Will you hear my confession?
It has been my blessing to know John Stewart and his family for about ten years now. I first met him in the glory days of the regional blogfleet called the Minnesota Organization of Blogs (MOB). This picture was taken at Keegan’s Irish Pub in Minneapolis, a MOB gathering place in 2005. At the time, I only knew John by his nom de blog of The Night Writer. There was a season where his wife and two daughters were blogging as well, earning them the well-deserved title of “Minnesota’s first family of blogging.”
In the time I have known John, I have read many blog posts he has written. We have had a number of conversations, both in person and online. I have never read or heard an unkind word fall from his pen or his lips. I consider John to be an unashamed, unapologetic Christian, but he’s not a stuck-up sticky-beak or a pompous puffed-up pea-brain about it. I consider him as someone who has successfully navigated between the Scylla of spiritual timidity, and the Charybdis of spiritual pride and arrogance. As far as I know, he is doing his small, necessary part to forward the gospel, and is content to be doing his small, necessary part. I am grateful that he is in my world.
John recently entered a new season in life when he was diagnosed with ALS (“Lou Gehrig’s disease”). As ALS is but one of a family of diseases, John has decided to call it “Uncle Lou.” He is blogging about it here. He seems to have a certain conviction that he will confound this disease. Will he? I don’t know. But even if he doesn’t, I believe he will sing his noble death song and die like a hero going home. I believe he will live his life the way he has lived his life in the presence of many witnesses (including me).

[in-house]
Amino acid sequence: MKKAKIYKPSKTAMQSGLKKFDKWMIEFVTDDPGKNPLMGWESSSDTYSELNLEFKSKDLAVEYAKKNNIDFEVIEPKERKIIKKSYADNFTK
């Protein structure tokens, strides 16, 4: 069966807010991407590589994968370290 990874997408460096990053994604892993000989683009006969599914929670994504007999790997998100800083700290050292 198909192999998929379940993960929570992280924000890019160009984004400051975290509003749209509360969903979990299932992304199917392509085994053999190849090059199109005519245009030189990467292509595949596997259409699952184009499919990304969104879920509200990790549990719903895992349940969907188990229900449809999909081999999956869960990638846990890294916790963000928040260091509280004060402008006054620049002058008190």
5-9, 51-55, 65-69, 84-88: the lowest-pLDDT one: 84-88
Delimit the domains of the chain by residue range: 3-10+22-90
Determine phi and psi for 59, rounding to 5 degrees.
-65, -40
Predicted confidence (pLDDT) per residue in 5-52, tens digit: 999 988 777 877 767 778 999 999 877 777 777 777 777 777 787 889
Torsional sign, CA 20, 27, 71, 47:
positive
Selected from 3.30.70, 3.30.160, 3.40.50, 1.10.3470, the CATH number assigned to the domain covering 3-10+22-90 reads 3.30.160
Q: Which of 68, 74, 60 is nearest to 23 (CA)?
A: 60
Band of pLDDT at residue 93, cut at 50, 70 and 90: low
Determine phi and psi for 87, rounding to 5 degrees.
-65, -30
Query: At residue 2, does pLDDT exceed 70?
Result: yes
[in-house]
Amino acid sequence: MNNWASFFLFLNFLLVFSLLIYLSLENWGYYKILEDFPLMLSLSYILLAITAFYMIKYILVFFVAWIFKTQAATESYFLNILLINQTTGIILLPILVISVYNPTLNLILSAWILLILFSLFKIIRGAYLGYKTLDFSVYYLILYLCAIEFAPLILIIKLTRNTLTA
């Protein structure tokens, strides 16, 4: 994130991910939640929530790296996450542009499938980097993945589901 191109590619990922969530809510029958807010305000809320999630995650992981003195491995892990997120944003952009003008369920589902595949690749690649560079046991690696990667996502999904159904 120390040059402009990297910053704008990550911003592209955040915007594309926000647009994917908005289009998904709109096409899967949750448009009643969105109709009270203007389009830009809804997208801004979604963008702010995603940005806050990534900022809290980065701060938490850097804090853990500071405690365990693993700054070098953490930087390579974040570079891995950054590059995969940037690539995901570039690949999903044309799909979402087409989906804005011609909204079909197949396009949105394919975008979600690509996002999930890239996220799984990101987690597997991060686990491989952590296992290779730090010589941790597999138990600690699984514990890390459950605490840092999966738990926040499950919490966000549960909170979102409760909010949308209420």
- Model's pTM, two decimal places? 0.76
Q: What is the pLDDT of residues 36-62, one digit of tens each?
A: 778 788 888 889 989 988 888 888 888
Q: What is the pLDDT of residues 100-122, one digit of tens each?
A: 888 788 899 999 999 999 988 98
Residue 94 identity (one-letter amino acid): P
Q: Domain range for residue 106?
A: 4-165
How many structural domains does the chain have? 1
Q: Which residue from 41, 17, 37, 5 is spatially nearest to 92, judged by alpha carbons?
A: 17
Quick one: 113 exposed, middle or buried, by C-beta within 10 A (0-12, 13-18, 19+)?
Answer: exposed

Will you hear my confession? I confess I am disquieted when I consider the possibility that there are “Job’s comforters” out there, people thinking, “Well, if John really was a man of God, he wouldn’t get such a weird, scary disease.” Fortunately, if such people exist in my world, they are keeping their mouths firmly shut.
I confess that I want the words of Mark 16:18, “they will place their hands on sick people, and they will get well” to be true in my world, but they are not.
Will you hear my confession? I confess dissatisfaction as to why that should be the case. Was Mark 16:9-20 an extra addition, as some people claim?
I confess I don’t want there to be “fine print,” provisos or qualifications to the promises of God.
Will you hear my confession? I confess I don’t want fine print to be necessary, but it seems like it is.
I confess that I want to be the one that lays hands on sick people, and they will get well, but I’m not. Everyone has different gifts.
Will you hear my confession? I confess that I want it to be a practice of the New Message from God to pray for sick people to get well, but it is not. There definitely is a practice of praying for other people, but it focuses on the qualities I believe the other person needs for resolution, as opposed to strengthening a preferred outcome. I haven’t written about it yet because it is addressed in a later Step.
I confess that I want Marshall Summers to heal the sick, but he does not. He has never advertised to do so. I don’t believe he ever will. I can only imagine how difficult it would be for him to share his message if he did.
Will you hear my confession? I confess a certain lack of clarity as to what tool to take from my spiritual toolbox. I like the “I will forgive, and this will disappear” hammer from Lesson 193 of A Course in Miracles. But if I use that, I’m strengthening a preferred outcome, aren’t I? John seems to be doing well as far as inner strength is concerned.
I confess to inflicting the argument that past and present versions of me are having, upon an undeserving reader.
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